Natasha Tracy
Medication failure is not bad. Don't get me wrong, I know that it feels really, really bad, but just hear me out on this one: even though it feels terrible, a failing medication is not bad.
Mahevash Shaikh
Let's cut to the chase: depression is mentally and physically debilitating. Even if you are do not have low-functioning depression, depression limits what you can and cannot do. To prevent depression from getting worse, one needs to learn to set boundaries. Here's why.
Jennifer Lear
My mental health has always suffered in times of isolation and uncertainty. As someone with obsessive-compulsive disorder (OCD), I'm at my most content when I'm able to predict and control my surroundings. When that control is lost, my mind conjures terrifying hypotheticals about what "could" happen, and I start to engage in compulsive behaviors to bring order to the chaos in my mind. This exhausting cycle of thoughts and rituals invariably causes me to slip back into depression, and I'm left feeling like a failure once again. So, you would think that the uncertainty surrounding the current global pandemic would have my mental health in a tailspin. But no — it is better now than it has been in years, and it's precisely due to that uncertainty. The uncertainty leading to my isolation has improved my mental health.
Tanya J. Peterson, MS, NCC
If you live with any degree or type of anxiety, chances are you've wondered if anxiety will ever stop. It's natural to want anxiety to go away, to be gone from your life. Sometimes, it can seem like anxiety is here to stay and that no matter how hard you try to reduce it, it's always there. I used to wonder if anxiety would ever stop all the time, and there were times that I really believed I was stuck with anxiety forever, despite all my efforts to deal with it. As someone who has lived with significant anxiety and who has been a teacher and counselor and is now a mental health writer, I can help answer these questions: Does anxiety ever go away? Unfortunately, no (at least not completely). Are you stuck with anxiety forever? Also, fortunately, no.
TJ DeSalvo
When I feel stressed out about something, I organize. And when I say organize, I mean that in a pretty far-reaching way: organizing to me means not only organizing, but also cleaning, downsizing, basically anything that falls under the umbrella of getting my affairs in order. I don’t know how common this is among others. But I would like to at least try to explain why staying organized is so helpful to me.
Annabelle Clawson
Boredom and anxiety coincide like clockwork--when you finish that assignment, when your shift ends, or when you turn off the light to go to sleep, your thoughts start to spiral. As soon as you allow your mind to wrap around itself, anxiety sets in.
Jessica Kaley
It's important to learn to move on after failure because we aren't going to succeed at everything, and failure can damage our self-esteem. Yet building self-esteem can require us to stretch beyond our limits, even though, sometimes, our efforts may not bring us the results we hope for. When our self-esteem is poor, it's hard to keep ourselves motivated and positive. How do we continue to move forward after failing?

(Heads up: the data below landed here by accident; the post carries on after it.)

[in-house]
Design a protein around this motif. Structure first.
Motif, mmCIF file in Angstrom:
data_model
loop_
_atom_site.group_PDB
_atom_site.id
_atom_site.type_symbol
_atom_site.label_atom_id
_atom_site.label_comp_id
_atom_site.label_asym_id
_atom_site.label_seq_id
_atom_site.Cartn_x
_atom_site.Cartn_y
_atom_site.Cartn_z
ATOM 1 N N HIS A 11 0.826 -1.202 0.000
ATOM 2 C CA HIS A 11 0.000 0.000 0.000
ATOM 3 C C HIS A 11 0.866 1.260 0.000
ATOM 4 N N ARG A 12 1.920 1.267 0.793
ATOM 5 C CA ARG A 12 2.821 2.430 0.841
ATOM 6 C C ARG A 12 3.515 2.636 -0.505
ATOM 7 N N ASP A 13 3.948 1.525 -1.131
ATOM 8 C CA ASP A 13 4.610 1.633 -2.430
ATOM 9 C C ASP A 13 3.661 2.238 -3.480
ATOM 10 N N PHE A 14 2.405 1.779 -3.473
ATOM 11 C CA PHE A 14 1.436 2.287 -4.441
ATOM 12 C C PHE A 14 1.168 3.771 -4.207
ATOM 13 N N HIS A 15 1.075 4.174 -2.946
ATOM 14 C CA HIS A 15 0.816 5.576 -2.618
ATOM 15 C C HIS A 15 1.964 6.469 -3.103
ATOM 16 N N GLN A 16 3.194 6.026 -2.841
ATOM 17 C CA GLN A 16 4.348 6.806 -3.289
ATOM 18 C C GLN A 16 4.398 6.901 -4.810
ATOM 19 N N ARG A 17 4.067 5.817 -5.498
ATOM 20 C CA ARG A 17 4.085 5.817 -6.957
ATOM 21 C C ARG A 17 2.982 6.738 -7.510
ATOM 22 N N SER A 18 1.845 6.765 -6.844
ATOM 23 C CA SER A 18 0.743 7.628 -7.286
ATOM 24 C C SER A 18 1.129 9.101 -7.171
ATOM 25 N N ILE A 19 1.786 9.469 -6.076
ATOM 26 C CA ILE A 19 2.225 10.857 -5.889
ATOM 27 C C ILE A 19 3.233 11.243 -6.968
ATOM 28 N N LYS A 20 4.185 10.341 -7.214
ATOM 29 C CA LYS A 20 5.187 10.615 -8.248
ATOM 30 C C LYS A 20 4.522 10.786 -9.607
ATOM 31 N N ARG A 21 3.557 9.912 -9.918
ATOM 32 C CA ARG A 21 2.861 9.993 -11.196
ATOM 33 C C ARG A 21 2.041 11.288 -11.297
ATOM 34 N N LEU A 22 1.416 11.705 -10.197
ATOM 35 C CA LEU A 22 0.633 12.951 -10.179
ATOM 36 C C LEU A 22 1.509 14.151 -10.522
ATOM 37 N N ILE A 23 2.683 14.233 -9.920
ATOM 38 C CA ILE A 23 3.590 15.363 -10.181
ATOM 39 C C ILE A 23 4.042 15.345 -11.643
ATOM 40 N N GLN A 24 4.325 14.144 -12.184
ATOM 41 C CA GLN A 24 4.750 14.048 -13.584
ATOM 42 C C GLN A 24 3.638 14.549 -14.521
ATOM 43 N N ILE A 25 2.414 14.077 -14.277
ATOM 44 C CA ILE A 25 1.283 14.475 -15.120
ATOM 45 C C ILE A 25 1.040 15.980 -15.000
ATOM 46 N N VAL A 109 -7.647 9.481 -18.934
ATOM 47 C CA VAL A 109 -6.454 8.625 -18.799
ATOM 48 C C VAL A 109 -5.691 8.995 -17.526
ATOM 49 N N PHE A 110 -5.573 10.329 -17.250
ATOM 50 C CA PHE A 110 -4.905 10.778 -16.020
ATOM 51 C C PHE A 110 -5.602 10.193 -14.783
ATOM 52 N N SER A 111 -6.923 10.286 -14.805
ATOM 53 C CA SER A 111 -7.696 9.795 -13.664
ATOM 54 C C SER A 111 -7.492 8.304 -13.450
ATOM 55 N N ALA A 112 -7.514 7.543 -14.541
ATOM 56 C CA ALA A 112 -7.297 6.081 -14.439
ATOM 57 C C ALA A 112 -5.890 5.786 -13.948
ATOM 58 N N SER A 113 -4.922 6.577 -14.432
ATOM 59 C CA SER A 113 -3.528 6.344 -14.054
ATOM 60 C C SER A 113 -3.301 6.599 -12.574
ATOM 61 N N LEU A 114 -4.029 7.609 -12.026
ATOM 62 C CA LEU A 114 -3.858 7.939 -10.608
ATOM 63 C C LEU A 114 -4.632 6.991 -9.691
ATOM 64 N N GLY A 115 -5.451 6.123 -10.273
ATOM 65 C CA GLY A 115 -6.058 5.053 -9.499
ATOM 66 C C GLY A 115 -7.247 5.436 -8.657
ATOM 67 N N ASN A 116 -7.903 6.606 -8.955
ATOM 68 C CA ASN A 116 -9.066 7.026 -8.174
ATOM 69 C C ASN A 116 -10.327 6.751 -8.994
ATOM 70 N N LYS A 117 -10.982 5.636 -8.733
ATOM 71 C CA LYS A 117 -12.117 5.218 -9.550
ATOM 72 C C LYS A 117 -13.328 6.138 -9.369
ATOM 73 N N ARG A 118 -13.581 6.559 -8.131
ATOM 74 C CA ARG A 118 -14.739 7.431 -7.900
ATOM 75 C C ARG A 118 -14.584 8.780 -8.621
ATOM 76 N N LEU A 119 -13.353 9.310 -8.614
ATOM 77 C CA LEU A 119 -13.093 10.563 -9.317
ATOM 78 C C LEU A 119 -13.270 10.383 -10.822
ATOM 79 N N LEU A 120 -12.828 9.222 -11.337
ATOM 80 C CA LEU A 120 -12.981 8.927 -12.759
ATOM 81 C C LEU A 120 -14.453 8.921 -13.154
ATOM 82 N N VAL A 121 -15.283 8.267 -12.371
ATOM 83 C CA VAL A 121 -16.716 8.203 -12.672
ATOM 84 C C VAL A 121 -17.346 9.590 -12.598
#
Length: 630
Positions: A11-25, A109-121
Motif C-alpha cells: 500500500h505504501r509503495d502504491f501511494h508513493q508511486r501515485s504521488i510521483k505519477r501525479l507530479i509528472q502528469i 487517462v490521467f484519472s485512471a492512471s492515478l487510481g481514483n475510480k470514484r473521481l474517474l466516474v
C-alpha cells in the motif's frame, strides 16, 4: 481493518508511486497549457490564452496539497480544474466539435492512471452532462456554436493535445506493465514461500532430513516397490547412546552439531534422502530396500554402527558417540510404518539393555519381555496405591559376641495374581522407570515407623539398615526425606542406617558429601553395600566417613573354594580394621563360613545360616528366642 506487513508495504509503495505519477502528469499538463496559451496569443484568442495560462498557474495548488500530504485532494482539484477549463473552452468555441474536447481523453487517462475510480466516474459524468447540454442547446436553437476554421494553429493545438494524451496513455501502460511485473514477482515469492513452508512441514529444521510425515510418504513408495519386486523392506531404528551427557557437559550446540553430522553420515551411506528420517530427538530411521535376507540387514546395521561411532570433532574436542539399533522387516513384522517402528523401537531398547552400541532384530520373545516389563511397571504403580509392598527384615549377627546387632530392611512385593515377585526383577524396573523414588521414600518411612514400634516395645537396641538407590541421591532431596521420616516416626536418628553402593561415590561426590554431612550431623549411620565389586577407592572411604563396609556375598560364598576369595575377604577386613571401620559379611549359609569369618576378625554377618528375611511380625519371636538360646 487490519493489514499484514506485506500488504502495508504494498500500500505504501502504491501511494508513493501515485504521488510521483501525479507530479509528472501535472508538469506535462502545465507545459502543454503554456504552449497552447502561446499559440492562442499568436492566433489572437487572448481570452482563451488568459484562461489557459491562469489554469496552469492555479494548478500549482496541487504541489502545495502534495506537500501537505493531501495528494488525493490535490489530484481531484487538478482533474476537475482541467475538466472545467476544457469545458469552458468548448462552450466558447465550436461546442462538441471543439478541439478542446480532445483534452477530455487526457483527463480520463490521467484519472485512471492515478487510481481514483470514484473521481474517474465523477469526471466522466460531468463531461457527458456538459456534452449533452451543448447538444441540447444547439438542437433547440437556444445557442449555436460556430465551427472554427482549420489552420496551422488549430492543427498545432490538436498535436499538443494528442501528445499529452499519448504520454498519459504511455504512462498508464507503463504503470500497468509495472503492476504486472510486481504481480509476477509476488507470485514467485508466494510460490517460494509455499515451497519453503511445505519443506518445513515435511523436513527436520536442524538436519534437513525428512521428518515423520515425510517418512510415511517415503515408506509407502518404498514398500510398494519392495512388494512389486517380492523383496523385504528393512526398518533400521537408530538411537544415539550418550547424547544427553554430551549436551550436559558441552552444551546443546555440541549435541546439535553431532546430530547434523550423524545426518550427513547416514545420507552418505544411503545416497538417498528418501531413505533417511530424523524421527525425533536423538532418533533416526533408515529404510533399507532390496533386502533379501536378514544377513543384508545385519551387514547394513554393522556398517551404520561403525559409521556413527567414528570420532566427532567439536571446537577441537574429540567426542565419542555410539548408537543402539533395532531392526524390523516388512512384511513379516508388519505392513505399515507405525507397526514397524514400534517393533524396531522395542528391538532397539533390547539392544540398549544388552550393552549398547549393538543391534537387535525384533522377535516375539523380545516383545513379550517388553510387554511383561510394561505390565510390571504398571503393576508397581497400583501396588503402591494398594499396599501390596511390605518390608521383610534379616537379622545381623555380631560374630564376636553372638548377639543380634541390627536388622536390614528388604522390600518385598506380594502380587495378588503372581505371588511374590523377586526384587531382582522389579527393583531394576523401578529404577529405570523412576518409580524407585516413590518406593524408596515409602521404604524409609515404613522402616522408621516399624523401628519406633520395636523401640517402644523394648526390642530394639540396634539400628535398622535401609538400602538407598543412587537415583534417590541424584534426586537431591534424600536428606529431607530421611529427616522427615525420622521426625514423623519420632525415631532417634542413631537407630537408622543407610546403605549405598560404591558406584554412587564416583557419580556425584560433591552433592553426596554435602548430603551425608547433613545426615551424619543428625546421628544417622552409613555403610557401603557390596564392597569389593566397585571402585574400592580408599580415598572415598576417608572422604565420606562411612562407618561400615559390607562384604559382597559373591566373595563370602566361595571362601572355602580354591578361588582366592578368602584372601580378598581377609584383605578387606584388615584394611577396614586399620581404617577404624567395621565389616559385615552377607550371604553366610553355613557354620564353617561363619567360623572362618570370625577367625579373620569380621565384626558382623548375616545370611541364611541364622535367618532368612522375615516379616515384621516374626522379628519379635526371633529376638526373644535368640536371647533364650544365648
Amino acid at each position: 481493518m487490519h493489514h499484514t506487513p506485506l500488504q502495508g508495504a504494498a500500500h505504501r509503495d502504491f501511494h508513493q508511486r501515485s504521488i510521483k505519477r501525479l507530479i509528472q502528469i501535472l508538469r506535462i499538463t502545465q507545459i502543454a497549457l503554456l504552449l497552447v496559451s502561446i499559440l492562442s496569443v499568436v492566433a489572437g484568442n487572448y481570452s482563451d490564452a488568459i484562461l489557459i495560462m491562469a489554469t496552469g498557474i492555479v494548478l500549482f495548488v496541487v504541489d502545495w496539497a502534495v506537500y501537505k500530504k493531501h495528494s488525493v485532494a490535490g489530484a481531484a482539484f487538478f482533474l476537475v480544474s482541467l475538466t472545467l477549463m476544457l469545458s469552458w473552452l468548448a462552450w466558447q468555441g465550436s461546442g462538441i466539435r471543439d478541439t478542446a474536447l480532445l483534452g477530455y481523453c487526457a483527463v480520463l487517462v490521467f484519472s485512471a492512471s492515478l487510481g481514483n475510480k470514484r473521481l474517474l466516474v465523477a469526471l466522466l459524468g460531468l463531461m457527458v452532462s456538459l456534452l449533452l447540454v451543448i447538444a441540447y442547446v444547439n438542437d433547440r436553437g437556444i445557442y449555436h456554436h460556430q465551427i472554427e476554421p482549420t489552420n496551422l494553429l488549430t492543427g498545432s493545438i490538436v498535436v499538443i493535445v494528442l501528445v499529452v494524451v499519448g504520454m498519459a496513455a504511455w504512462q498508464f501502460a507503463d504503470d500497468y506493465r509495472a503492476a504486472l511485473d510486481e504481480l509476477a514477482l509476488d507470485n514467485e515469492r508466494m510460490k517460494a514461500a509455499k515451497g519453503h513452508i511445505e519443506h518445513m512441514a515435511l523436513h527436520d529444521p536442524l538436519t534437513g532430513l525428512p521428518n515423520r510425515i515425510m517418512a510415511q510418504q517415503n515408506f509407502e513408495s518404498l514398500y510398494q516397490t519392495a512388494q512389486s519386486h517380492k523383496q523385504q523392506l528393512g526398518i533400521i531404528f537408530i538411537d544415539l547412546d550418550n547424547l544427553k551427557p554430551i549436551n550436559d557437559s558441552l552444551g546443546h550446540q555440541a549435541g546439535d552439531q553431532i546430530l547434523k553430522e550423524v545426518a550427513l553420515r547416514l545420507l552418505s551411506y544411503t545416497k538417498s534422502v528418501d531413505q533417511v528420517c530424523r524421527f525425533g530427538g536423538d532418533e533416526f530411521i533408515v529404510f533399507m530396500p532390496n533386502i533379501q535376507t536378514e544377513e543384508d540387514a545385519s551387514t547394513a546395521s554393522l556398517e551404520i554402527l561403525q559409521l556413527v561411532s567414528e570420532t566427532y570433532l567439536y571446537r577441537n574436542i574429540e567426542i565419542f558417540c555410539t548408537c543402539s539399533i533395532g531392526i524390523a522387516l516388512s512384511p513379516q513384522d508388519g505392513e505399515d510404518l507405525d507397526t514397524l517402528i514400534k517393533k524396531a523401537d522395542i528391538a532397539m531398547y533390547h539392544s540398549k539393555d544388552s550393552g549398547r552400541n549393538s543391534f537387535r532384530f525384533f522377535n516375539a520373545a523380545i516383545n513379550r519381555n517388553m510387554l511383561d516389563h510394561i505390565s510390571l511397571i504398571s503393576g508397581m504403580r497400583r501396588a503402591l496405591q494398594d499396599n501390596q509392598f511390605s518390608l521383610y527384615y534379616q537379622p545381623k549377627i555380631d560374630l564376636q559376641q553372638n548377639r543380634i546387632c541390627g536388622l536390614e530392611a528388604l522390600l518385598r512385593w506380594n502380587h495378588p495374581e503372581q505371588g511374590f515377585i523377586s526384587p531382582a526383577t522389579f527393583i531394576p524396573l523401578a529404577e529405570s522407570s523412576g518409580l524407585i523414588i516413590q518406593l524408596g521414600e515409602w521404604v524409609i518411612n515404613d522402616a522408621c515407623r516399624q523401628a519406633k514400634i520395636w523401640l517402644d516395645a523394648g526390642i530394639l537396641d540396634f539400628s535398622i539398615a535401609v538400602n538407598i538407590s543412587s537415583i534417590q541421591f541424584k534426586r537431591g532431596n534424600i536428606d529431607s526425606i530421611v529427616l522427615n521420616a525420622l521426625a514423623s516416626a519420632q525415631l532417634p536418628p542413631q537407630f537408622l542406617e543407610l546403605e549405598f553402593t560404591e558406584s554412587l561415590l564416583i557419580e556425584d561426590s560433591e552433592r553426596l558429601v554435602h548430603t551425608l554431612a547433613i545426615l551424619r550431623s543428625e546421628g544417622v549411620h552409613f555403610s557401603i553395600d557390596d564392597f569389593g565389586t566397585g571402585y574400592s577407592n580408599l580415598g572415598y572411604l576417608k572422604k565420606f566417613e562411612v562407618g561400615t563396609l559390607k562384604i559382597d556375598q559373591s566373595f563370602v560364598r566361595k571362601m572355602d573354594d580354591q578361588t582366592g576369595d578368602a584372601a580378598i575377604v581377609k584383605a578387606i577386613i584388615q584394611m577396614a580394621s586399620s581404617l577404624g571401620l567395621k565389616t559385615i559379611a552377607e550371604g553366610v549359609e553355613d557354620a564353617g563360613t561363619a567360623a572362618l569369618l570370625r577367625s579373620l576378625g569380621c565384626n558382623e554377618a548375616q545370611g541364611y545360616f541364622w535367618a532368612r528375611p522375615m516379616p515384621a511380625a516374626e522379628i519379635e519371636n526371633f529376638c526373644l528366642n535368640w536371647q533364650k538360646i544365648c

Kate Beveridge
My name is Kate Beveridge, and I am a new blogger for the "More than Borderline" blog. I’m excited to share my personal story of living with borderline personality disorder (BPD) and tips for how to cope with the illness.
Krystle Vermes
"What do your alters look like?" is but one question I receive from people who do not live with dissociative identity disorder (DID). It's because one of the most fascinating parts of DID to people who don’t live with it is the concept of alters. Under the internal family system (IFS) theory, we all have parts of our personality that make us tick. While we may have one part that wants to eat a slice of cake, we might have another part that tells us to skip the empty calories. This isn’t so far from what people with DID experience, but on a more extreme basis. People living with DID may have dozens of parts to juggle regularly, which may make it slightly more challenging compared to the average person.
Hollay Ghadery
Eating disorders are deadly but also treatable mental illnesses. Still, in my early struggle to recover, there were many common eating disorder treatments that didn't work for me. Understand, I am not saying that they don't work for anyone. On the contrary, they work for countless people who suffer. This said, there is no one road to recovery, and I write this blog post in the hopes of inspiring people who haven't had any luck with traditional eating disorder treatments to keep going.

Follow Us


Most Popular


Laura A. Barton
Hi there, Bill. That kind of estimation is definitely disheartening and I can see why it seems like it'd be easier to just cut ties with those who are like that. It can be a difficult decision to make and there are a lot of factors to consider when doing so. I definitely encourage you to do whatever is best for your mental health. Working with a therapist might be a good way to work out what that is, and HealthyPlace has a number of resources listed right on this site here: